The other night, I picked up the fifth prescription in two weeks related to my daughter’s upper respiratory infection. It seems that she may have allergy-induced asthma, so there’s a lot of firsts for us, including this particular medicine. I was terrified picking it up, just thinking about how much it would cost. My child’s health is SO IMPORTANT. What if she’s meant to cure cancer, become Secretary General of the U.N., or write an important piece of literature? And even if she isn’t, she’s my child. I can’t imagine letting her cough one more day if I can help it.
All this worry has me thinking about how privileged my family is. We have decent insurance through my husband’s job, so we paid no co-pay for this prescription. Basic preventative health care still isn’t accessible to everyone in the U.S., much less developing nations, much less great, comprehensive health care. But we have this.
I’ve rallied on Labor Day to improve women’s health care and voted for politicians who I believe will fight for reproductive rights and will help bring true universal health care to our country. But the more I think about it, it’s not enough.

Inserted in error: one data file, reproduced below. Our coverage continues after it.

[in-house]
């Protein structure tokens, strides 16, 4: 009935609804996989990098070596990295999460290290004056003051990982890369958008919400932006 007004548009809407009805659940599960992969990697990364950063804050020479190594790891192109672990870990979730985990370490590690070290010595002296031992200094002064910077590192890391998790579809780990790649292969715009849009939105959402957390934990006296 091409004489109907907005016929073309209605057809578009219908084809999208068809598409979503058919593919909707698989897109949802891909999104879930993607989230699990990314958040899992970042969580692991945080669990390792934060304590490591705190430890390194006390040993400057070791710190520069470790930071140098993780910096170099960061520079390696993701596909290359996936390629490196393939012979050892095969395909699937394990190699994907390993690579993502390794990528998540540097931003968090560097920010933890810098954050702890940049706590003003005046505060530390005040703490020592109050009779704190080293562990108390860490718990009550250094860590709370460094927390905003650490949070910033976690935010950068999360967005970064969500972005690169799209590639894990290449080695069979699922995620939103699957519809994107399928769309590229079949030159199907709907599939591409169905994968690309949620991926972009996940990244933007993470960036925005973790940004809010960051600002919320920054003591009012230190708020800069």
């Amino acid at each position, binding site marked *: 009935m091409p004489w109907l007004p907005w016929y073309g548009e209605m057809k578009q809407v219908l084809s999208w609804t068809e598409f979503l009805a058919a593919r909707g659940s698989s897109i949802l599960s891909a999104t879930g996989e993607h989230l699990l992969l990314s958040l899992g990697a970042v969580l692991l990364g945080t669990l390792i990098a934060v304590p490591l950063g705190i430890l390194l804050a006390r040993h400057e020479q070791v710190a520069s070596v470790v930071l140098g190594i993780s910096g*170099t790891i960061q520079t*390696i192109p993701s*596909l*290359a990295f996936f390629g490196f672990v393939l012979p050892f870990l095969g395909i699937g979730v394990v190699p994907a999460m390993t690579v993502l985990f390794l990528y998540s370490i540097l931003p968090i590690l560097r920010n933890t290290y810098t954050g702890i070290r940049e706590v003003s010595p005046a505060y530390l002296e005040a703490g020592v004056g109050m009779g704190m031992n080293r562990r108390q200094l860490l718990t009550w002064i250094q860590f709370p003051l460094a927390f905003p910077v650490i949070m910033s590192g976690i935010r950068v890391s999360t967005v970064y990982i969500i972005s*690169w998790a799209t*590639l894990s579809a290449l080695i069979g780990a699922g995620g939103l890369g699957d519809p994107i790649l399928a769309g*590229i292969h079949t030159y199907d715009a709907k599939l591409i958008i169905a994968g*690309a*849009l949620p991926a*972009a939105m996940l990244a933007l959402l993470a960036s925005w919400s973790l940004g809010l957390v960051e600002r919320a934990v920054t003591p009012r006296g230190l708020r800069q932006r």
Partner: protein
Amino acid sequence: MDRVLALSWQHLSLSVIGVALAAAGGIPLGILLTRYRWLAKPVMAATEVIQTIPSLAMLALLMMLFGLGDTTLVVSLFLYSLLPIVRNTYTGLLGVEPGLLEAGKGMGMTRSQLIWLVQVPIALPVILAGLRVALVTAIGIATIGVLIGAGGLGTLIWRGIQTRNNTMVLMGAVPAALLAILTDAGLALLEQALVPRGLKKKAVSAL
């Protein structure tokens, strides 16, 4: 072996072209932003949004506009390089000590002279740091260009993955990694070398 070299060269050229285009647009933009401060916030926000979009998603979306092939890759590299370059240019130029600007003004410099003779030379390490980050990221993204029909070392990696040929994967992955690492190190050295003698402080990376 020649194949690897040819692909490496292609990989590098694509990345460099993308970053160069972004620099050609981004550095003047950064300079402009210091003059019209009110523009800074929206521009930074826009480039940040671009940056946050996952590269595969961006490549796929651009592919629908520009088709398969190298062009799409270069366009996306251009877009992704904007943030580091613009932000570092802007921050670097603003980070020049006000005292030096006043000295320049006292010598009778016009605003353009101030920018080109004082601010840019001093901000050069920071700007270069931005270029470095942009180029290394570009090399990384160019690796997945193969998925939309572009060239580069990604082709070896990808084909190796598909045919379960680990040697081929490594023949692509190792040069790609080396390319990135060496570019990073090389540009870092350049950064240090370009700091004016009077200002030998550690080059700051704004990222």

I want an end to the system where hospitals, clinics, health care providers are all tied up in business as much as they are in healing. So many great minds and caring hands led to the great medical care we have available – it just sucks that capitalism has that care in it’s stranglehold. A patient’s health outcomes should not be dependent on their personal wealth nor that of their community. Their care should as free of prejudice and bias as possible and evidence-based.
It wasn’t until I started working as a doula, that I came to appreciate the need for evidence-based practice. That means people are using scientific process to evaluate each treatment variable to get the best outcome. I appreciate when that means that a mama is given the space she needs to birth her baby in safety *and* peace. That should be available everywhere. Not just at the hospitals in my city. But in the rural hospitals. And in every village birth center and midwife’s community. In every place, no matter the latitude nor longitude. To every pregnant person, no matter their income, racial, cultural ethnic background, age, sexual orientation, gender, and so on… Every mama should have access to evidence-based maternity care.
That’s just my $.02, paid by my $0.00 co-pay today.